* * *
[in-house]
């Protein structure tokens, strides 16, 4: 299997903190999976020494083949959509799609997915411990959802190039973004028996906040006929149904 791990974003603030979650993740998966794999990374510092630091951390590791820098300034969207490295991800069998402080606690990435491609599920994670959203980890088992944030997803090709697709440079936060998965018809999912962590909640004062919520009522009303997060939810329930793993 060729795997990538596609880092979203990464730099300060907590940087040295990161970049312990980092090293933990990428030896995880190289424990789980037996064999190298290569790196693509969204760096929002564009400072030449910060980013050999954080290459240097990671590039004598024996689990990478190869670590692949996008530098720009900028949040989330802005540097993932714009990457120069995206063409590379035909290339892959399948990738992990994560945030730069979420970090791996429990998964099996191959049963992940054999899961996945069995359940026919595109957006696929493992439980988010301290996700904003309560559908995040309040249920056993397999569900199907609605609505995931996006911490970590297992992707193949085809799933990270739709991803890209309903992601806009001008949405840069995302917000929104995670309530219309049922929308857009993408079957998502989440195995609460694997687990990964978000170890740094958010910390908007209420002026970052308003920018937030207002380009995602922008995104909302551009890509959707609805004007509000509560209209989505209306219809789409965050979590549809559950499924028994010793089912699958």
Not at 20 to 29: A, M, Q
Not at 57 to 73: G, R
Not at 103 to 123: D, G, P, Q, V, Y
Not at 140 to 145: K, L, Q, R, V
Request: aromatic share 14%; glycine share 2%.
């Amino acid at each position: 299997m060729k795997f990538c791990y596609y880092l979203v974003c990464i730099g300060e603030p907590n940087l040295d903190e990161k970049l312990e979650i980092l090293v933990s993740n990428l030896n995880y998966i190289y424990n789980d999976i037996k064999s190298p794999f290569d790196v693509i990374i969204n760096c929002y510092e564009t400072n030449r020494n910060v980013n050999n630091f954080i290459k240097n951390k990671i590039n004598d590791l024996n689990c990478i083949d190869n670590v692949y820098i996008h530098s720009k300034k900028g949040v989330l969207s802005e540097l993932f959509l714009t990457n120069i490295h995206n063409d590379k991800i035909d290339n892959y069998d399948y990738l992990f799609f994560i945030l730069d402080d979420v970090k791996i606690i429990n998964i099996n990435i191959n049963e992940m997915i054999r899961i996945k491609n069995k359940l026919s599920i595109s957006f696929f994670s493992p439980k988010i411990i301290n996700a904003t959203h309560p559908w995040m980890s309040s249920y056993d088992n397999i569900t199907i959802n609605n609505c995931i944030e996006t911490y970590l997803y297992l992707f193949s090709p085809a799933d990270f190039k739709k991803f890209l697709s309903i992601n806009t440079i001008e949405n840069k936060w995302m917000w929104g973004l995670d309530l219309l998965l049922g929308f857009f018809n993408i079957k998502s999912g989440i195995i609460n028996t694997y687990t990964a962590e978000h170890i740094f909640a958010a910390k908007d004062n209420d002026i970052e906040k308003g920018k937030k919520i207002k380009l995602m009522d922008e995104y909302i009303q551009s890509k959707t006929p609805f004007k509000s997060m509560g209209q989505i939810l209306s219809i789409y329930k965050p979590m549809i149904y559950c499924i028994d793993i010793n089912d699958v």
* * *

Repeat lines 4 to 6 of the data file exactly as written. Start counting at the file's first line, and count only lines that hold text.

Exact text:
Not at 57 to 73: G, R
Not at 103 to 123: D, G, P, Q, V, Y
Not at 140 to 145: K, L, Q, R, V